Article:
In my view, engagement by foreign investors in China's equity and bond markets promotes the continued liberalization of those markets. For example, Chinese regulators are actively seeking foreign investors' input regarding regulations on defaults and restructuring. This impact is far greater than the dollar value of foreign holdings in China, which are only equal to about 3% of the equities market capitalization and the on-shore bond market.

Despite a similarly small market share, foreign banks have also contributed to the modernization of China's banking sector, which contributes to global financial stability. This topic is discussed in more detail by James Stent in his book, “China's Banking Transformation.”

My third recommendation is that Congress and the administration should not restrict this positive contribution by American investors to China's evolution to a more market-oriented economy.

Chinese companies, auditors and regulators do, however, need to play by the same rules as other participants in U.S. capital markets, which means complying with The Sarbanes-Oxley Act and the related rules promulgated by the Public Company Accounting Oversight Board (PCAOB). My understanding is that China's regulators have recently undertaken joint audits with their PCAOB counterparts and have proposed a solution to the outstanding audit issue. My fourth recommendation is that the Commission invite the PCAOB to provide an update on this topic.

Finally, my fifth recommendation concerns draft legislation which would prohibit the Federal Government's Thrift Savings Plan (TSP) from giving federal employees and retirees the option of investing in securities listed on Chinese exchanges. I have participated in the TSP since its inception, when I was a Foreign Service Officer, and in my view, this legislation would discriminate unfairly against federal employees, stripping them of the freedom that private sector employees would continue to have, to choose where to invest.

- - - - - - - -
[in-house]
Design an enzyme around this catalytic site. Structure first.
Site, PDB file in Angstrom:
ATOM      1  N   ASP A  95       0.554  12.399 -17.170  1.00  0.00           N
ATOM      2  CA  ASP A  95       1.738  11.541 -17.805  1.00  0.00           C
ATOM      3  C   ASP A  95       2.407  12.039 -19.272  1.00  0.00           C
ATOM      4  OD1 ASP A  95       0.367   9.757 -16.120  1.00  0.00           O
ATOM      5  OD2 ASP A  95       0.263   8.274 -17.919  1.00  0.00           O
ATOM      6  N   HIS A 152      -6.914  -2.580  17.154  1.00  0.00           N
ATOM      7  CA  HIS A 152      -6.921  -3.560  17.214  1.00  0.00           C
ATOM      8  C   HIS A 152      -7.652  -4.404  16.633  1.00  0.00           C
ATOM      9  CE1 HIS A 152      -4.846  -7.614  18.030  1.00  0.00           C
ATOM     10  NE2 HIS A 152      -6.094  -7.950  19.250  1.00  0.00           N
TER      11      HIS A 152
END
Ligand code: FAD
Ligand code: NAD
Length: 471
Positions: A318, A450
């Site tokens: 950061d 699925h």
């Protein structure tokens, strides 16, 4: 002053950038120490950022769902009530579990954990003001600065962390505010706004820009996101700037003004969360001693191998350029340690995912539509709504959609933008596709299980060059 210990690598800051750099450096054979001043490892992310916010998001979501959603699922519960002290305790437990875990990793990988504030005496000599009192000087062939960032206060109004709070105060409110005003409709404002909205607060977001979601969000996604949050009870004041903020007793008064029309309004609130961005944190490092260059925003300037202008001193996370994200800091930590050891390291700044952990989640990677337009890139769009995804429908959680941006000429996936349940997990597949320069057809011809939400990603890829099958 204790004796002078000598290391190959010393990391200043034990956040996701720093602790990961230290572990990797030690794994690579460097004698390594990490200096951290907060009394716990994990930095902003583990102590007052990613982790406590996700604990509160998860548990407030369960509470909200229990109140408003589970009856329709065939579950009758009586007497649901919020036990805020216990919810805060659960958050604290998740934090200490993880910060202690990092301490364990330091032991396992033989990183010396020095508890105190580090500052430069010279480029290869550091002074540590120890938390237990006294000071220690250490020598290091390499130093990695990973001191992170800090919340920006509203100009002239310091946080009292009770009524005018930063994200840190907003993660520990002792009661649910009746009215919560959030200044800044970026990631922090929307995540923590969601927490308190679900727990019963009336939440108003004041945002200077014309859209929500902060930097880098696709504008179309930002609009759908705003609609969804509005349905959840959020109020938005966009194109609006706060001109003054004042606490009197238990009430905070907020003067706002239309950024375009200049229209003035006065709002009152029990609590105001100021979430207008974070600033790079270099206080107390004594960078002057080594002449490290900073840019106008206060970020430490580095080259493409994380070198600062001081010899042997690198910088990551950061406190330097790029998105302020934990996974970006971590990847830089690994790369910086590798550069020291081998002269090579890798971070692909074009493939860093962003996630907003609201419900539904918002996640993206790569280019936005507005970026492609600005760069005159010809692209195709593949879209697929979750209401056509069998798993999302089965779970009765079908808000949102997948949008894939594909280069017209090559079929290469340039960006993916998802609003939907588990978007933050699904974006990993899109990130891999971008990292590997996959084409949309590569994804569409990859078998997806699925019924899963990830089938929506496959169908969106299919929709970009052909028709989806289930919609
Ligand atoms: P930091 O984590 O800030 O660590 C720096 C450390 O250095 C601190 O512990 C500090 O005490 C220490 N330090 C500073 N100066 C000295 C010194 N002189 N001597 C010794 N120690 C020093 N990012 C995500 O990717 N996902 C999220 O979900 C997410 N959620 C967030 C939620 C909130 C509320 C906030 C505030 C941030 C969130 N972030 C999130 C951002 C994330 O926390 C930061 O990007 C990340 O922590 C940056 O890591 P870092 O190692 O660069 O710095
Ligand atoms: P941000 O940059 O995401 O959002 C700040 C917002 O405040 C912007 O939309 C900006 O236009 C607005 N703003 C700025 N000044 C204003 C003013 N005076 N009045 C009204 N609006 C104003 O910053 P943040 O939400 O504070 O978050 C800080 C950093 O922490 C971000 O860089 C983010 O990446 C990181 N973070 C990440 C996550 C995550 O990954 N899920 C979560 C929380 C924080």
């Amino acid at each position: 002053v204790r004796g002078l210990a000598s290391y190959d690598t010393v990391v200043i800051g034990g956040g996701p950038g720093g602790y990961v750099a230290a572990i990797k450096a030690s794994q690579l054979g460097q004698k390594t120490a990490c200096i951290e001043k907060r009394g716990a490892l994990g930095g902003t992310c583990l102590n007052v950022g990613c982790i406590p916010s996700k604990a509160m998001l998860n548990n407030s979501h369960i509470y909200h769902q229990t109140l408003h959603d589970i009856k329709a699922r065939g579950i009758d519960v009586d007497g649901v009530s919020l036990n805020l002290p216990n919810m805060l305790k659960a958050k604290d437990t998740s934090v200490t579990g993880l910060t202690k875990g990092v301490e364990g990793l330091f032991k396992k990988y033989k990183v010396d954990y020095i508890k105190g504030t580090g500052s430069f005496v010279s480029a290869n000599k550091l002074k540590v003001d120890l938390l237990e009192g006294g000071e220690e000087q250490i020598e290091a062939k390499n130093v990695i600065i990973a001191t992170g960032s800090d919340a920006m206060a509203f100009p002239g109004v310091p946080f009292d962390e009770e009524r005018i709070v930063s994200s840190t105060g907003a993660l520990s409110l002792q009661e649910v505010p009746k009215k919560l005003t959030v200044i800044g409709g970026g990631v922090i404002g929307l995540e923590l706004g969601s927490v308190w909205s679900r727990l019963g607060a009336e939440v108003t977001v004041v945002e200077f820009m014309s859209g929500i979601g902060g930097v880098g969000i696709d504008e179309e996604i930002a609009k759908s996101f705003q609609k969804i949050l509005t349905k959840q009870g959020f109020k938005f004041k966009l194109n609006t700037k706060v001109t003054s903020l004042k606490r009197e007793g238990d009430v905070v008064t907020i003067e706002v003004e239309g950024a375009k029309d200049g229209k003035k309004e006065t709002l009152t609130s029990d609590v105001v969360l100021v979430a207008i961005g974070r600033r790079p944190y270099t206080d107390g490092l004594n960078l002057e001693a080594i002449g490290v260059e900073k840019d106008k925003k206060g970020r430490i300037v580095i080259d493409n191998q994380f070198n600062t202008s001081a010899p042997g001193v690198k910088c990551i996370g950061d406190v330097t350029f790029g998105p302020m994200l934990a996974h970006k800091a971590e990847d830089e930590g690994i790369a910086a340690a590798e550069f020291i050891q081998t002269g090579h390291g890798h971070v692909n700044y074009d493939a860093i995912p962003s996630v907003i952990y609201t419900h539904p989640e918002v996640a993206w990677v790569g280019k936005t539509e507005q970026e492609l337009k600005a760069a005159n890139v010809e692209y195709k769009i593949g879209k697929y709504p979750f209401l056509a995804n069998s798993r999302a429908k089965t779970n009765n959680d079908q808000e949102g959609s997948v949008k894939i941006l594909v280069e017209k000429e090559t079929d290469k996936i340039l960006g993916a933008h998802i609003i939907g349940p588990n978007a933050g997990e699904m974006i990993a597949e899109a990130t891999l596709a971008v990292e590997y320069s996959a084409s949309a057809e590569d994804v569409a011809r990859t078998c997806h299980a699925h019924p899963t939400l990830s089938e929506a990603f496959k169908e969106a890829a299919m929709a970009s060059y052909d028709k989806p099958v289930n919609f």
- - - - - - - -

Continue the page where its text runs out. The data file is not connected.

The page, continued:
It is important to note that the TSP has five underlying funds, only one of which invests outside of the U.S. If participants in the international fund so wish, they can, at no cost, easily transfer their money into the four domestic funds. This would protect their freedom of choice.

To conclude, I believe continued engagement with China is the path that is most likely to serve America's long-term interests. This Commission can play an important role in helping Congress and the President reach a similar conclusion.


Andy Rothman
Investment Strategist
Matthews Asia

As of January 23, 2020 accounts managed by Matthews Asia did not hold positions in General Motors Co., Intel Corp., Texas Instruments, Qualcomm Technologies Inc., or Nike Inc.


  • Sinology by Andy Rothman
  • “Can America and China Be Stakeholders?”, Robert Zoellick:
  • “What Went Wrong? US-China Relations From Tiananmen to Trump”, James Steinberg:
  • “The Failures of the 'Failure of Engagement' with China”, Alastair Iain Johnston: [paywalled]
  • “Corporate Governance in China: Progress and Participation in Profits,” Matthews Asia, December 2019:
  • “China's Banking Transformation: The Untold Story,” James Stent, Oxford University Press, 2017